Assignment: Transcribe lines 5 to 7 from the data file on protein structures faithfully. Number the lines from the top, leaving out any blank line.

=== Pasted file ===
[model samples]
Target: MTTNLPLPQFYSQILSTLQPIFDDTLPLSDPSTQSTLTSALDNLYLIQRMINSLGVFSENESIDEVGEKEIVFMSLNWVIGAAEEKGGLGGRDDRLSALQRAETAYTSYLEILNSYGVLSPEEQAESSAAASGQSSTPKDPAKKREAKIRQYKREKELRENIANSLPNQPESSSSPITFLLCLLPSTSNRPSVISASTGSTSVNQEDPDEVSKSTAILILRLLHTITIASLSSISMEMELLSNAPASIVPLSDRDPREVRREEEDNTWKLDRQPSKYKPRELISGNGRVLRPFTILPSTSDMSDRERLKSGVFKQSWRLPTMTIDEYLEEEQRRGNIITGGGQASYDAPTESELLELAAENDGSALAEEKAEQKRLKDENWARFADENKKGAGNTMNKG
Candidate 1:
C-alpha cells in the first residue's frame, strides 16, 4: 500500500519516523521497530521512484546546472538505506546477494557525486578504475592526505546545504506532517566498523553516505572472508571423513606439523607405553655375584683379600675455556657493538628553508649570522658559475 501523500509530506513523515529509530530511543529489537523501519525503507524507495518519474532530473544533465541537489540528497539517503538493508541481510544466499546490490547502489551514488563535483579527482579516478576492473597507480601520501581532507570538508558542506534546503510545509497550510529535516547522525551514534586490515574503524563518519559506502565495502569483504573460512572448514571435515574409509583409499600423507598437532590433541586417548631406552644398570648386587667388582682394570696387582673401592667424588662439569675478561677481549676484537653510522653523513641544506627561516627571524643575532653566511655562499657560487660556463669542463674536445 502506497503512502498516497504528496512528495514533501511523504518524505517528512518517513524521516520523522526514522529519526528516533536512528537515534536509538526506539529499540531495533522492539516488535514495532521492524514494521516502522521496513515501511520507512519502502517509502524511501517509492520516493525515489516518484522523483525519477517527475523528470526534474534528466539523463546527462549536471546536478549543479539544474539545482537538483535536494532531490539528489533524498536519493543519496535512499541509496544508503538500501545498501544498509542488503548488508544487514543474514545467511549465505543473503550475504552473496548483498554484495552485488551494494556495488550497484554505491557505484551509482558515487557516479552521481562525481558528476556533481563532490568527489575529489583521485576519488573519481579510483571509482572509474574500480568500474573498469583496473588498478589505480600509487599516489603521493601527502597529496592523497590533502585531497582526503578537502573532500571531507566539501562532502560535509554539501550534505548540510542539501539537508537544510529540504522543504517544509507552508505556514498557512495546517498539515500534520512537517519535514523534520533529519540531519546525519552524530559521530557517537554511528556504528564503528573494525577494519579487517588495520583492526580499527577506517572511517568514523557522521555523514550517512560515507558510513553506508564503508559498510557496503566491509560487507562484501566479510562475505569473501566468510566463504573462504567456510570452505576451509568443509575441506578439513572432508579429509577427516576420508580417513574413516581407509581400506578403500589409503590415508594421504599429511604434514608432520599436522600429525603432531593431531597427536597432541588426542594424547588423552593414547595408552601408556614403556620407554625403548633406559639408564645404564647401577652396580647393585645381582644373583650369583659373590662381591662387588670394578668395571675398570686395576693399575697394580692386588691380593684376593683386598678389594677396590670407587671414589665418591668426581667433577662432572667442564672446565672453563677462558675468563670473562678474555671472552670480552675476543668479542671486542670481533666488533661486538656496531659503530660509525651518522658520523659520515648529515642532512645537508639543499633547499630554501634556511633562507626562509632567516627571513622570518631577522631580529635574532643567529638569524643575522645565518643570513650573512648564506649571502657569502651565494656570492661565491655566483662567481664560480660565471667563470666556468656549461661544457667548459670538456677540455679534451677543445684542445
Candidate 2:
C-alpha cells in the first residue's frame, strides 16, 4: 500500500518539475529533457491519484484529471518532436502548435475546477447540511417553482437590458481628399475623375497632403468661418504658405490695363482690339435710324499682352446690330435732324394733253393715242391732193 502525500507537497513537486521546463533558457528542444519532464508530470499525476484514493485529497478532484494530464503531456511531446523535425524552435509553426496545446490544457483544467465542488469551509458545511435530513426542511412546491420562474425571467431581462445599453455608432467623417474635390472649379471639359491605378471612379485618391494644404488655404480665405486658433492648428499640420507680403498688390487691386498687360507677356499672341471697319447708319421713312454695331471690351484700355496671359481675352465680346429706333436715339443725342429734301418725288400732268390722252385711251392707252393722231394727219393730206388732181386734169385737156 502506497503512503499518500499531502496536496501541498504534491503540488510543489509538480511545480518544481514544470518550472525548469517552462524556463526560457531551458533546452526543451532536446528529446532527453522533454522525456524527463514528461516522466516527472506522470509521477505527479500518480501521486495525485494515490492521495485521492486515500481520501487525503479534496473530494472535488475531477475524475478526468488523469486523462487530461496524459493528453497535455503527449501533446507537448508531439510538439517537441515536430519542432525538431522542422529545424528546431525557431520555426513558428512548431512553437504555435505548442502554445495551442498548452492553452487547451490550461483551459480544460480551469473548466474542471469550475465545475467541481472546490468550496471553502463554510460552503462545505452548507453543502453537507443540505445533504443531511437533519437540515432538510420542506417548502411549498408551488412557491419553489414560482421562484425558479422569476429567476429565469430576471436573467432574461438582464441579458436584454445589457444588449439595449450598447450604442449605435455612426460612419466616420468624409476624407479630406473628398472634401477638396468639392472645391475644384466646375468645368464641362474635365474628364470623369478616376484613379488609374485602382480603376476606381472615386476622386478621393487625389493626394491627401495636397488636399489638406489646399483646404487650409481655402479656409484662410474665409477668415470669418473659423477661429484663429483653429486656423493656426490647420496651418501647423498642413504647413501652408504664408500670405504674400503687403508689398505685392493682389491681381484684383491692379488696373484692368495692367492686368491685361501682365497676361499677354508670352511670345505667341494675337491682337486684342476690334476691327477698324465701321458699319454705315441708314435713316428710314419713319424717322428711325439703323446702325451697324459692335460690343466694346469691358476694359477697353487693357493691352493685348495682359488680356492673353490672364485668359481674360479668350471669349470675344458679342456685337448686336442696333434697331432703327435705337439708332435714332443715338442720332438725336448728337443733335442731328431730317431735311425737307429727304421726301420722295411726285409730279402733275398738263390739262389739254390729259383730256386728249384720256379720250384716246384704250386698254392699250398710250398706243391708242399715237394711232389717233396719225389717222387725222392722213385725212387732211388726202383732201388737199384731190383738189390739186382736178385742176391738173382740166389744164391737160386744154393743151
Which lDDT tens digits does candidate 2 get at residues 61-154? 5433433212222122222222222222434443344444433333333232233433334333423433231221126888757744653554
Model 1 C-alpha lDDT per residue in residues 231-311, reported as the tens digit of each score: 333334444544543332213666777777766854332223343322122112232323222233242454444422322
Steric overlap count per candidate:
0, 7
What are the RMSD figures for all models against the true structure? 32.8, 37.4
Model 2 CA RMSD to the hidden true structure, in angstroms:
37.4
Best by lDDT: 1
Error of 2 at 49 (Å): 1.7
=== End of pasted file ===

Candidate 2:
C-alpha cells in the first residue's frame, strides 16, 4: 500500500518539475529533457491519484484529471518532436502548435475546477447540511417553482437590458481628399475623375497632403468661418504658405490695363482690339435710324499682352446690330435732324394733253393715242391732193 502525500507537497513537486521546463533558457528542444519532464508530470499525476484514493485529497478532484494530464503531456511531446523535425524552435509553426496545446490544457483544467465542488469551509458545511435530513426542511412546491420562474425571467431581462445599453455608432467623417474635390472649379471639359491605378471612379485618391494644404488655404480665405486658433492648428499640420507680403498688390487691386498687360507677356499672341471697319447708319421713312454695331471690351484700355496671359481675352465680346429706333436715339443725342429734301418725288400732268390722252385711251392707252393722231394727219393730206388732181386734169385737156 502506497503512503499518500499531502496536496501541498504534491503540488510543489509538480511545480518544481514544470518550472525548469517552462524556463526560457531551458533546452526543451532536446528529446532527453522533454522525456524527463514528461516522466516527472506522470509521477505527479500518480501521486495525485494515490492521495485521492486515500481520501487525503479534496473530494472535488475531477475524475478526468488523469486523462487530461496524459493528453497535455503527449501533446507537448508531439510538439517537441515536430519542432525538431522542422529545424528546431525557431520555426513558428512548431512553437504555435505548442502554445495551442498548452492553452487547451490550461483551459480544460480551469473548466474542471469550475465545475467541481472546490468550496471553502463554510460552503462545505452548507453543502453537507443540505445533504443531511437533519437540515432538510420542506417548502411549498408551488412557491419553489414560482421562484425558479422569476429567476429565469430576471436573467432574461438582464441579458436584454445589457444588449439595449450598447450604442449605435455612426460612419466616420468624409476624407479630406473628398472634401477638396468639392472645391475644384466646375468645368464641362474635365474628364470623369478616376484613379488609374485602382480603376476606381472615386476622386478621393487625389493626394491627401495636397488636399489638406489646399483646404487650409481655402479656409484662410474665409477668415470669418473659423477661429484663429483653429486656423493656426490647420496651418501647423498642413504647413501652408504664408500670405504674400503687403508689398505685392493682389491681381484684383491692379488696373484692368495692367492686368491685361501682365497676361499677354508670352511670345505667341494675337491682337486684342476690334476691327477698324465701321458699319454705315441708314435713316428710314419713319424717322428711325439703323446702325451697324459692335460690343466694346469691358476694359477697353487693357493691352493685348495682359488680356492673353490672364485668359481674360479668350471669349470675344458679342456685337448686336442696333434697331432703327435705337439708332435714332443715338442720332438725336448728337443733335442731328431730317431735311425737307429727304421726301420722295411726285409730279402733275398738263390739262389739254390729259383730256386728249384720256379720250384716246384704250386698254392699250398710250398706243391708242399715237394711232389717233396719225389717222387725222392722213385725212387732211388726202383732201388737199384731190383738189390739186382736178385742176391738173382740166389744164391737160386744154393743151
Which lDDT tens digits does candidate 2 get at residues 61-154? 5433433212222122222222222222434443344444433333333232233433334333423433231221126888757744653554